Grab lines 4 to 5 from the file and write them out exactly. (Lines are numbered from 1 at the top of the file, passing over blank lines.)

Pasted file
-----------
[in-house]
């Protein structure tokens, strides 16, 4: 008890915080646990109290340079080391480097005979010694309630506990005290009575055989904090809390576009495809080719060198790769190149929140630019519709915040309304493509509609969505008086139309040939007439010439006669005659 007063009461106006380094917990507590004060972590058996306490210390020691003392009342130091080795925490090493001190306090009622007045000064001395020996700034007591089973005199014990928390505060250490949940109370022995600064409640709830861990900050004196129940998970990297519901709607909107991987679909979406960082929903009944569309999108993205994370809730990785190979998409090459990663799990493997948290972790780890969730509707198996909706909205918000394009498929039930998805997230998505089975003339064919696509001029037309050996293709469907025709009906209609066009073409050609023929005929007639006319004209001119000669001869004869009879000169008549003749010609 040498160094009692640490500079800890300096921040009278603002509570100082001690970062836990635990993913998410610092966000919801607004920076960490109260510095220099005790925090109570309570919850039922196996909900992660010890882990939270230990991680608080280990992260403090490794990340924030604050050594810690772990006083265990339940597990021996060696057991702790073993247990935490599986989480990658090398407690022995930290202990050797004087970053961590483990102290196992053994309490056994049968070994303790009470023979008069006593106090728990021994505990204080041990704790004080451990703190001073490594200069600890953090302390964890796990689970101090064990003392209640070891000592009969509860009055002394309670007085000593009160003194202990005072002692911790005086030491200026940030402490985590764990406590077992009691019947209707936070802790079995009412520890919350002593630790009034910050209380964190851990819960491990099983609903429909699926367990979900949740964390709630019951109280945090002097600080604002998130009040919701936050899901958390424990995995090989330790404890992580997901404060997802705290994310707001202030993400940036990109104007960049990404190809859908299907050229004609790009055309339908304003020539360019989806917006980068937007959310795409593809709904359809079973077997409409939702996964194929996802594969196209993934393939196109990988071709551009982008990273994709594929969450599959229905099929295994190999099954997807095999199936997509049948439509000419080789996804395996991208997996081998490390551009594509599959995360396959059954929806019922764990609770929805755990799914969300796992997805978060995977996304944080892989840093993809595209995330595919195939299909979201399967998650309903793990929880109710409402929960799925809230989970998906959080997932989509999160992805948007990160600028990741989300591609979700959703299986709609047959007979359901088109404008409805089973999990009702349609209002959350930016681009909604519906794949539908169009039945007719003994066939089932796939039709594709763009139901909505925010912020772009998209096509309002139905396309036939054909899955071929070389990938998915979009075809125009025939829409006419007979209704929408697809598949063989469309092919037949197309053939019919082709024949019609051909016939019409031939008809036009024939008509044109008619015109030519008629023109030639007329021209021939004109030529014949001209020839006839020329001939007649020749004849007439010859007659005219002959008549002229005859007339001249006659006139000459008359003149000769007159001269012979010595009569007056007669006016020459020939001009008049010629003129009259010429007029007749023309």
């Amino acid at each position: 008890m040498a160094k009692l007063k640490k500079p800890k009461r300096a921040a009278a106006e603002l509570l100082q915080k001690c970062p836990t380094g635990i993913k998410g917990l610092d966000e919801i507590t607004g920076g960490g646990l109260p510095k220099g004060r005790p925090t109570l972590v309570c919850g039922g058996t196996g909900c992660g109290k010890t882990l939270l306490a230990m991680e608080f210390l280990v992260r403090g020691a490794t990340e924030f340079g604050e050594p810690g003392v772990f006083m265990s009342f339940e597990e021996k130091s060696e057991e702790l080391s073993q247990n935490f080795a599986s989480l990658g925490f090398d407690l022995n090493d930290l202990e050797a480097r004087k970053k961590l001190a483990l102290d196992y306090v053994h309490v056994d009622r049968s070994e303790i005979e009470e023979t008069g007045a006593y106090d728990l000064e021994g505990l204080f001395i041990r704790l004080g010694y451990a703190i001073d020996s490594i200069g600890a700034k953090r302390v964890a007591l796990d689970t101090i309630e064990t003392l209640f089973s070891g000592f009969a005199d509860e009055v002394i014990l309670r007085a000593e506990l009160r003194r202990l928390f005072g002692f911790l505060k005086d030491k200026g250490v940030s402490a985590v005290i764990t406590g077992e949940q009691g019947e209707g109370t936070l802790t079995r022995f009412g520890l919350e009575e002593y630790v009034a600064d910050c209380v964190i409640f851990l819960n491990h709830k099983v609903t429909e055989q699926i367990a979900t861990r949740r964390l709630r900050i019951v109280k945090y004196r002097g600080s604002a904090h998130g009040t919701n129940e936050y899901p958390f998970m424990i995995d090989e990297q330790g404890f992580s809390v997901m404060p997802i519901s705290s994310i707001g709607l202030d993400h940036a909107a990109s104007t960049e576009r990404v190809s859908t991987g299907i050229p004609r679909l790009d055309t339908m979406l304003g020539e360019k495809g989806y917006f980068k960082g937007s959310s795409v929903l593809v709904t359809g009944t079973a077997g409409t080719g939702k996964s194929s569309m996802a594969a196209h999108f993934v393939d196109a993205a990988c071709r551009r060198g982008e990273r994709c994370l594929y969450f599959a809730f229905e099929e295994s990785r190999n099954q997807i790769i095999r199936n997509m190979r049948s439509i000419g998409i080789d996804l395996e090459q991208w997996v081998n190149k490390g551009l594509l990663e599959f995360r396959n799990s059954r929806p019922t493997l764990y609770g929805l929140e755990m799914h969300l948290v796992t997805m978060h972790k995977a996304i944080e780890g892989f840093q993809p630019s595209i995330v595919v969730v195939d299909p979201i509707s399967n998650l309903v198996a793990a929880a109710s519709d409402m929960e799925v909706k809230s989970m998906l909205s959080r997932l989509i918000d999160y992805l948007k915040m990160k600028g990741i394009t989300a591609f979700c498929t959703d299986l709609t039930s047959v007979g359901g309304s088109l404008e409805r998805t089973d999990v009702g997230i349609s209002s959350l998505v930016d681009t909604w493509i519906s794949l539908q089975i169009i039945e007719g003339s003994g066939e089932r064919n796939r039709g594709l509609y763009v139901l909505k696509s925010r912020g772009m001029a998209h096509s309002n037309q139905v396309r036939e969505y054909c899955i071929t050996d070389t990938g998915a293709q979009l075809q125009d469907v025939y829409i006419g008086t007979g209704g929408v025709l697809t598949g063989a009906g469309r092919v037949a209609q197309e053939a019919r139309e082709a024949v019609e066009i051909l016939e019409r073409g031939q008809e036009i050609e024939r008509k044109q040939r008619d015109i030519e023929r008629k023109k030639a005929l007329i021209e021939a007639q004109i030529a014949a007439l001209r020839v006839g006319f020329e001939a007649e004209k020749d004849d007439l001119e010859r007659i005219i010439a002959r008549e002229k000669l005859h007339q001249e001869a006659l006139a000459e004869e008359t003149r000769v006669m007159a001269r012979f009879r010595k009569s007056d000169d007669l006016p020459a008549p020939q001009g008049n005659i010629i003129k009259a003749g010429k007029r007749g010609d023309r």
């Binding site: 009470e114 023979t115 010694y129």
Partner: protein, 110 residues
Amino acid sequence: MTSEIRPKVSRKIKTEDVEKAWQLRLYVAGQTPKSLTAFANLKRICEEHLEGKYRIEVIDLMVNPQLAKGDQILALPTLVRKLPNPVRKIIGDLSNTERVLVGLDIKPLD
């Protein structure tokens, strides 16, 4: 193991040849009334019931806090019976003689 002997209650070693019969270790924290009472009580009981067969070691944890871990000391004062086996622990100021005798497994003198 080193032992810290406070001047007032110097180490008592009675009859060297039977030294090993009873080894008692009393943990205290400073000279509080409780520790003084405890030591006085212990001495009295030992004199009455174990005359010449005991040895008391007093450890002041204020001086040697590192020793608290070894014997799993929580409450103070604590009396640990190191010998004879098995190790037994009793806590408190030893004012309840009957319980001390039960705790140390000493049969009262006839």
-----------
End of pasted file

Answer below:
């Binding site: 009470e114 023979t115 010694y129």
Partner: protein, 110 residues